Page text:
But what do we really know about Spanish red wine? Well, let’s start with the label.
Generally there a four terms (there are more) that explain how a wine has been aged
Joven means ‘young’ and for immediate drinking. These can sometimes be classed as table wines due to being easy on the palate and exceptionally food friendly.
Semi-crianza, roble, fermentada en barrica, ‘x’ meses en barrica are all terms used to describe wines that have been placed in oak barrels for a few months.
Crianza is a wine aged for 2 years with a minimum of 6 months in oak and 18 months in the bottle.
Reserva is a wine aged for 3 years with a minimum of 12 months in oak and 24 months in the bottle.
Gran Reserva these wines are aged for 5 years with a minimum of 24 months in oak and 36 months in the bottle.
Tempranillo is the best known quality Red Wine Grape in Spain. “Temprano” means early in Spanish, and the name Tempranillo refers to the early time the grape has been harvested
It is the typical grape of Murcia and the south of Valencia. It produces some incredible wines with great structure and its alcohol content can be a little higher than most.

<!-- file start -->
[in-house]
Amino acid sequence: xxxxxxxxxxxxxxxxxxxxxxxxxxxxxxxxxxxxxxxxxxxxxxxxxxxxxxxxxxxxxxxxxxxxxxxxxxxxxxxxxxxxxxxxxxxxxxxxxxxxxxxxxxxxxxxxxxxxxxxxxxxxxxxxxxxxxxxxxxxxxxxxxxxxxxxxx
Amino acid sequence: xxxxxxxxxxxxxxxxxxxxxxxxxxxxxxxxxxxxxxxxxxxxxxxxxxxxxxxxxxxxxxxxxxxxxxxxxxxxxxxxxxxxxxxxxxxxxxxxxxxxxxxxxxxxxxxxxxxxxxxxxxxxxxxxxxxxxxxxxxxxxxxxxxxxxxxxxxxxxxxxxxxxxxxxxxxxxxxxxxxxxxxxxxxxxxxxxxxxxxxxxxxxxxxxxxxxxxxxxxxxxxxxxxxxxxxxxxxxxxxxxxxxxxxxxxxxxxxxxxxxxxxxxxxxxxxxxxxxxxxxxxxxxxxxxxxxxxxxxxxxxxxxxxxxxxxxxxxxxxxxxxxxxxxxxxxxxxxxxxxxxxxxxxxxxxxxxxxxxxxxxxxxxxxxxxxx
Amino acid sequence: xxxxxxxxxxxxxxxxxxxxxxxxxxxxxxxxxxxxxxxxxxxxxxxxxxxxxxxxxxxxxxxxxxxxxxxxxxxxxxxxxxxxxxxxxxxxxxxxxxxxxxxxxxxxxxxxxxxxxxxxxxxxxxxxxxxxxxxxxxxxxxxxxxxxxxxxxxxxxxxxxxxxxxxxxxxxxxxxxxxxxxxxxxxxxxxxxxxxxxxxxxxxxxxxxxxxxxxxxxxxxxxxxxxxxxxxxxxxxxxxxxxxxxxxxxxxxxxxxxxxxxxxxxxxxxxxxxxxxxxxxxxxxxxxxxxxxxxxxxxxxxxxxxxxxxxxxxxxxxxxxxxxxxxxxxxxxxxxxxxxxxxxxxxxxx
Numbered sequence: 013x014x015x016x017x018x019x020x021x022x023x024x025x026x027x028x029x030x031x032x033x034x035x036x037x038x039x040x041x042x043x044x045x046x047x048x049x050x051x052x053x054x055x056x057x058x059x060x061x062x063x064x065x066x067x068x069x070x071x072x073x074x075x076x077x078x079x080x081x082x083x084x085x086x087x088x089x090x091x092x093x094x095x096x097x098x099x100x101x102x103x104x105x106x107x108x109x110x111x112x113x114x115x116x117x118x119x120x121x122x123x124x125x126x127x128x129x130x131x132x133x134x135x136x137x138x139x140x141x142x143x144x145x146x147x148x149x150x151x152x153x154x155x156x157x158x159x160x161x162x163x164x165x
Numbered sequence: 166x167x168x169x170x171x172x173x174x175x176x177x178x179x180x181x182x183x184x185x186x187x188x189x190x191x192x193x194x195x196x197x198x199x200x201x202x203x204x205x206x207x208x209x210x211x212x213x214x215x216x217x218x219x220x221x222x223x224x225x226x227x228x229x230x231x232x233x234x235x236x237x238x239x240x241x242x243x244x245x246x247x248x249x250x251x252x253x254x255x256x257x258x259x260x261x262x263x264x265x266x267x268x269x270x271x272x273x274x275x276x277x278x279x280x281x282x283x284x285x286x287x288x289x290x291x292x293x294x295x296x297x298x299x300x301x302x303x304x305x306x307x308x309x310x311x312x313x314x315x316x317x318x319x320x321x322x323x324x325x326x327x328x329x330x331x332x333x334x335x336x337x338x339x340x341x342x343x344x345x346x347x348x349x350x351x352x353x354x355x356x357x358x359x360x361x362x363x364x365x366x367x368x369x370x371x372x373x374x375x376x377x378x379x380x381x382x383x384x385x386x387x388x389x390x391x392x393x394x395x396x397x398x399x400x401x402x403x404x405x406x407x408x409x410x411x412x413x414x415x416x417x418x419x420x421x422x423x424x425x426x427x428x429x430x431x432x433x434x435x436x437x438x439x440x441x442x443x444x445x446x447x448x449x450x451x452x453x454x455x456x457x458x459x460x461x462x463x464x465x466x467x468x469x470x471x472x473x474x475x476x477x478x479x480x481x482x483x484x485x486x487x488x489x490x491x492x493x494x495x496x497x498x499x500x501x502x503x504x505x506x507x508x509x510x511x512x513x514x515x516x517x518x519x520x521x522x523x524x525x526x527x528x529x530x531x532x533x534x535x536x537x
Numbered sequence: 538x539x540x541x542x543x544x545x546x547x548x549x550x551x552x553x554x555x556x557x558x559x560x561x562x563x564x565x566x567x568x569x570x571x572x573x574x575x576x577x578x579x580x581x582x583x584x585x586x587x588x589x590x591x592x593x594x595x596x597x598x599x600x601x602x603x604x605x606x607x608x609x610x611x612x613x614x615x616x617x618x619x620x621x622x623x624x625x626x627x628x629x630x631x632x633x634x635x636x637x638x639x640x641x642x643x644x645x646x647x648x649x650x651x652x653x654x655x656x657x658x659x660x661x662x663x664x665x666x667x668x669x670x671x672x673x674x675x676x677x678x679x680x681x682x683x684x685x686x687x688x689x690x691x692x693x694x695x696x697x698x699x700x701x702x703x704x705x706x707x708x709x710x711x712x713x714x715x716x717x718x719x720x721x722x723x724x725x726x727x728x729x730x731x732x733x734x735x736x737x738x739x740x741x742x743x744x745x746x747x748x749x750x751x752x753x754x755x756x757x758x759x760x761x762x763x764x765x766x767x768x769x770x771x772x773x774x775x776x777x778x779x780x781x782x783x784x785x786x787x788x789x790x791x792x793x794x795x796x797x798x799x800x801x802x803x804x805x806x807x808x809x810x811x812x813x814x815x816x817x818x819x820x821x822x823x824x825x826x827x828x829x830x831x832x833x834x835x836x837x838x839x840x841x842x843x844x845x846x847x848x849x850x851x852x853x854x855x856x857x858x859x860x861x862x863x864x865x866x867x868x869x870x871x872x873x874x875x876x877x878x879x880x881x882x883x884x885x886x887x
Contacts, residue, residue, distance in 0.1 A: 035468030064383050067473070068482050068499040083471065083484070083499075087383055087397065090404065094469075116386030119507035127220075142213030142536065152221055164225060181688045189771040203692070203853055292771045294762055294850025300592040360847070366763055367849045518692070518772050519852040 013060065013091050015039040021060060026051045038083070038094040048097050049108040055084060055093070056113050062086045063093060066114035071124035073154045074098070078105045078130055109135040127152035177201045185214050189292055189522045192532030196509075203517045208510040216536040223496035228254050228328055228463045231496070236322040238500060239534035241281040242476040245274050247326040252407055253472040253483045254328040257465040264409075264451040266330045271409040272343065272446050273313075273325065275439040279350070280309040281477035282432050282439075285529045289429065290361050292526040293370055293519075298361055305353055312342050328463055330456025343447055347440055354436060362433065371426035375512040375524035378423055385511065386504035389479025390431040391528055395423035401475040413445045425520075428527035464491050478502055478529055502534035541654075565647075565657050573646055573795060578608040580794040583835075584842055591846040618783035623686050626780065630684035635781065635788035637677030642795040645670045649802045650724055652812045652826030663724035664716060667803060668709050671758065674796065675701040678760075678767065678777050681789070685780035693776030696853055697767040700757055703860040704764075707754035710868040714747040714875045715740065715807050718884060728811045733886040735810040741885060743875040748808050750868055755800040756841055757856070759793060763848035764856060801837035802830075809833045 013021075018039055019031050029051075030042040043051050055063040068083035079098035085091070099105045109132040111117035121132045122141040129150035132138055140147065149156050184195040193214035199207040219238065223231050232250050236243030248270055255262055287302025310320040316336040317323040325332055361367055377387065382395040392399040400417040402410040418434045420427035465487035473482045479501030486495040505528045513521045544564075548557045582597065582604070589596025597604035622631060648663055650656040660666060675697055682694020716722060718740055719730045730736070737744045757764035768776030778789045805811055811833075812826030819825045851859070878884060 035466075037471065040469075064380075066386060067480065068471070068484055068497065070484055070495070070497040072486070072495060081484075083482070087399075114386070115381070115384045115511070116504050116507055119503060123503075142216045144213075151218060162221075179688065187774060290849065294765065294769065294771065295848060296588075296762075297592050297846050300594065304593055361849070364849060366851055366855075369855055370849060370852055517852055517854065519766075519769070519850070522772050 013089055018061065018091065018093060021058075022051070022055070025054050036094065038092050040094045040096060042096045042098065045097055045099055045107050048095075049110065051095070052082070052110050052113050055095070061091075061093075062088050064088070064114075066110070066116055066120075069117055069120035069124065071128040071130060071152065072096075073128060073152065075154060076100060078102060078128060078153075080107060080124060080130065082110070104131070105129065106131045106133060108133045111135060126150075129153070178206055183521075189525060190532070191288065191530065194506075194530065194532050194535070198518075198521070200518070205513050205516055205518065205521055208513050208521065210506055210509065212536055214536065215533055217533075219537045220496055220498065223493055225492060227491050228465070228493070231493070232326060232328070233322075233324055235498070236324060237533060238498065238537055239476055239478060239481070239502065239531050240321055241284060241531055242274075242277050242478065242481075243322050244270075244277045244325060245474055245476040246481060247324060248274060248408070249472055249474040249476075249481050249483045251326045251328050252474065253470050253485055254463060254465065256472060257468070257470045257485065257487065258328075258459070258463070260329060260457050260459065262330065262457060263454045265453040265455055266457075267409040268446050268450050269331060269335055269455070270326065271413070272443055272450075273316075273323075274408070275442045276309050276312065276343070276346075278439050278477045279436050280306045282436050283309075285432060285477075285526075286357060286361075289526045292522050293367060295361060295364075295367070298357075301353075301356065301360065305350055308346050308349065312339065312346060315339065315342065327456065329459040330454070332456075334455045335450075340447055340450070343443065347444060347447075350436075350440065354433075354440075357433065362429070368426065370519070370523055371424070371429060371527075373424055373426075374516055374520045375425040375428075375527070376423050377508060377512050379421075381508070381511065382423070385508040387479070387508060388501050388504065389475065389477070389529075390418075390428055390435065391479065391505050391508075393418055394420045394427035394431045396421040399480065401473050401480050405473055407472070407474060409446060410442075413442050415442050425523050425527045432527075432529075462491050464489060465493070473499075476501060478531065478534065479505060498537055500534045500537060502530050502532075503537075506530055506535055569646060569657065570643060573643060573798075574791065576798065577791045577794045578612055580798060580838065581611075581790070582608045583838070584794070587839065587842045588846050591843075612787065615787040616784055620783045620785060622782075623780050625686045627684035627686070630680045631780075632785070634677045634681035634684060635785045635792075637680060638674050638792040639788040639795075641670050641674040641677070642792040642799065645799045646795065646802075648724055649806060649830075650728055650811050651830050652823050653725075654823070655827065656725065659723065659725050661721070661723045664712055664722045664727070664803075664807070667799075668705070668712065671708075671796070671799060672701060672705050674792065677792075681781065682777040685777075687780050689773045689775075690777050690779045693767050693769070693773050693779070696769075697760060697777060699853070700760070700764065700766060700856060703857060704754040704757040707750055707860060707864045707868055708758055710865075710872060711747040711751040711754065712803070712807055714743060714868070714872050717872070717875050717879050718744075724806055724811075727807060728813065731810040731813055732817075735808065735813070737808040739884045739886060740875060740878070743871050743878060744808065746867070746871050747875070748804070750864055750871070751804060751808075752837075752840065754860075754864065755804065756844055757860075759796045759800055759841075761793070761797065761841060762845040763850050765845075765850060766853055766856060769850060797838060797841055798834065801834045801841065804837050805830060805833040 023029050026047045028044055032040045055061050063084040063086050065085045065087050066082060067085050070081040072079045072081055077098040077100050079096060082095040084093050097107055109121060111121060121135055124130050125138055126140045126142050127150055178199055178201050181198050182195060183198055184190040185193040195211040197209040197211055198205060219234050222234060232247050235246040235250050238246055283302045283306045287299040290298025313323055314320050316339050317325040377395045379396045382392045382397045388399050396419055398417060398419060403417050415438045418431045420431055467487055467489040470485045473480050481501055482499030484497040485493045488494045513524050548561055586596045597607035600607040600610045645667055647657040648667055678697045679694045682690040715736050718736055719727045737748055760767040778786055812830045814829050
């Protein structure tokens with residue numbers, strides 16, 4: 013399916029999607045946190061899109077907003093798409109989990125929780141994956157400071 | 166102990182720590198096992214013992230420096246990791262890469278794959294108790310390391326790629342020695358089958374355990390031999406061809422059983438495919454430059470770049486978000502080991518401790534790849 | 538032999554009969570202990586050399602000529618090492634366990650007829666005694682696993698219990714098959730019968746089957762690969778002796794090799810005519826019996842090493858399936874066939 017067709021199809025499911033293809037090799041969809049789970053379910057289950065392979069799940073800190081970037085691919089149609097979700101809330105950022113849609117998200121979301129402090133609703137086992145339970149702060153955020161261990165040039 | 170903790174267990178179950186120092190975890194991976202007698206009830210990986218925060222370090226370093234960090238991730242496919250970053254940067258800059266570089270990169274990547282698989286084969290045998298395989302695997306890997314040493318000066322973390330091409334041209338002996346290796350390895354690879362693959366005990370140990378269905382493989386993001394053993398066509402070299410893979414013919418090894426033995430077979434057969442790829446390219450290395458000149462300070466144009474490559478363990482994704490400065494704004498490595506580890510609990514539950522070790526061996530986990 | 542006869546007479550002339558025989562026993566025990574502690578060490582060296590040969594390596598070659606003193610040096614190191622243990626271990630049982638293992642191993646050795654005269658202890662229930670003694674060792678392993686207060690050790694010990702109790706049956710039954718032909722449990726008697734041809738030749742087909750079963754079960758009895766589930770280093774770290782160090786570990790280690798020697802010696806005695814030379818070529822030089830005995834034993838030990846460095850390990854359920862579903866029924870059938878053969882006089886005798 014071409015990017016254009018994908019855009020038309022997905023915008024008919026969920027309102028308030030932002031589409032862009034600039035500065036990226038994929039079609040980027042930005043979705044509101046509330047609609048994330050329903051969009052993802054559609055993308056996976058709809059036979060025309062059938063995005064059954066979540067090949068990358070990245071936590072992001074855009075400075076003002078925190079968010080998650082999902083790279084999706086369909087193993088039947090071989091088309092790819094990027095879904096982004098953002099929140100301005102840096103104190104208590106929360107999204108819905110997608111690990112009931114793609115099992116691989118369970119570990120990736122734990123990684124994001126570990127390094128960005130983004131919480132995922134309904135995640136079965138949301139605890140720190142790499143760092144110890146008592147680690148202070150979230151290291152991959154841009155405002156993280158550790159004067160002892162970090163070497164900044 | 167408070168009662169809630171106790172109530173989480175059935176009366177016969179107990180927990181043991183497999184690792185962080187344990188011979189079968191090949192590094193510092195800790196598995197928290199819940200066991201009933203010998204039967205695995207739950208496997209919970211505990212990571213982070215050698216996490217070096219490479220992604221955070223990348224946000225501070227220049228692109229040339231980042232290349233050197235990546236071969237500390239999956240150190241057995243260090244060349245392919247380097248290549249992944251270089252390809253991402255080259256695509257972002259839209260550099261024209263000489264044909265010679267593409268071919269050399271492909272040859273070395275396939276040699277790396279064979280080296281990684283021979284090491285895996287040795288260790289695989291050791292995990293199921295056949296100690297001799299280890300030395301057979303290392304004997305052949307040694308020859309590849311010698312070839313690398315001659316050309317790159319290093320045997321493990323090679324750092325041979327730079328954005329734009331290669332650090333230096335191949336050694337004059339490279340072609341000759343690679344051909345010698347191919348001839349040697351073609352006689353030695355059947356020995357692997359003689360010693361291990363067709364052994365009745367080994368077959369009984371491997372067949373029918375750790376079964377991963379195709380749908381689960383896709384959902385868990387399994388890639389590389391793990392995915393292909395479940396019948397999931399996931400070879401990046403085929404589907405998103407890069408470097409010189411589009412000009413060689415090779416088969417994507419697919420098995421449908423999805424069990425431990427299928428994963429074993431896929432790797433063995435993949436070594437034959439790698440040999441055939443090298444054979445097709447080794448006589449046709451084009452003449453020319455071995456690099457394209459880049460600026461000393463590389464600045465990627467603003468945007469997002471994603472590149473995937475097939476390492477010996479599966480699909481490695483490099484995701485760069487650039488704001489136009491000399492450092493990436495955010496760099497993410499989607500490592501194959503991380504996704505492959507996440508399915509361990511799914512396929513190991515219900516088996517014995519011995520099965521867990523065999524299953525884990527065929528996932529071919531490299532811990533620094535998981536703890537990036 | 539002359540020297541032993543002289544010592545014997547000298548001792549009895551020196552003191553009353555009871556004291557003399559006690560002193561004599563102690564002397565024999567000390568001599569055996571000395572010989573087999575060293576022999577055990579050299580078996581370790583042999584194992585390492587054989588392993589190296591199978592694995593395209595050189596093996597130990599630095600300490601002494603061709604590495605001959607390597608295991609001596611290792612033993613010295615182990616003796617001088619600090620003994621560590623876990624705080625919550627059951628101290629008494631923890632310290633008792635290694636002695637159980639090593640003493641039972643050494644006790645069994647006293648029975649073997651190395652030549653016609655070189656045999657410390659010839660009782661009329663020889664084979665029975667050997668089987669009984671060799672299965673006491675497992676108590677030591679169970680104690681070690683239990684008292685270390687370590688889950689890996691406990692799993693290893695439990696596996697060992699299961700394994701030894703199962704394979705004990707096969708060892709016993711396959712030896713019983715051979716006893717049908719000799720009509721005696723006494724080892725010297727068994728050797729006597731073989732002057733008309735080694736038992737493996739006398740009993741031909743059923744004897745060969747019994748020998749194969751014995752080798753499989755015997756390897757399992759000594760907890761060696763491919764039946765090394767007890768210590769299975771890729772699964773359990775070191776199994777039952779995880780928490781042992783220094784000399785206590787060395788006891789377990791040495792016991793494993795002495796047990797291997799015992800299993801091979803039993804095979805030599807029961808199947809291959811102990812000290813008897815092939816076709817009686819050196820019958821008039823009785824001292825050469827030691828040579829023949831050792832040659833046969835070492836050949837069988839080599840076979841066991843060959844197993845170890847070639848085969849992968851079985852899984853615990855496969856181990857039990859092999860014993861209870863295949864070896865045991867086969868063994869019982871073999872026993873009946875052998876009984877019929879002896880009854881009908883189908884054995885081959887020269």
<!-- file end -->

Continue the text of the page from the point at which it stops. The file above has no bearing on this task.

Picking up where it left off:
A grape of Spanish origin but it can be found in most countries around the world. In Spain, it is found in the Northeast area, La Rioja, Navarra, Aragón and Cataluna
Found mainly in Valencia, Bobal wines are packed with flavour.
Comes mainly from La Mancha and in the Mediterranean areas and are normally full bodied.
Another French grape variety in Spain, merlot has also been quite successful and can be found throughout in Spain.
Northern Spain generally considered the best wine making area in Spain covering every type of plain from the green valleys of Galicia to the dryer areas of Castilla and Leon the lusher areas of Navarra.
The 1,600 kilometre long Mediterranean coastline is home to some of Spain´s most sensational wine regions, particularly along the northern stretch of the coast near Barcelona, which produces 98% of Spain's sparkling wines, then further South around Alicante and Valencia.
The south of Spain is also a fabulous destination for wine lovers. The hottest area in Spain and great bolt hole for wine lovers a home to some truly exciting wine estates making terrific value dry reds.
The peninsula of Spain is bordered by a number of islands, the largest groups being the Balearic and the Canary Islands. A range of wines are made with indigenous local grapes in opposing landscapes from volcanic terrains of the Canary islands to the tropical gardens of Mallorca, Menorca and Formentera.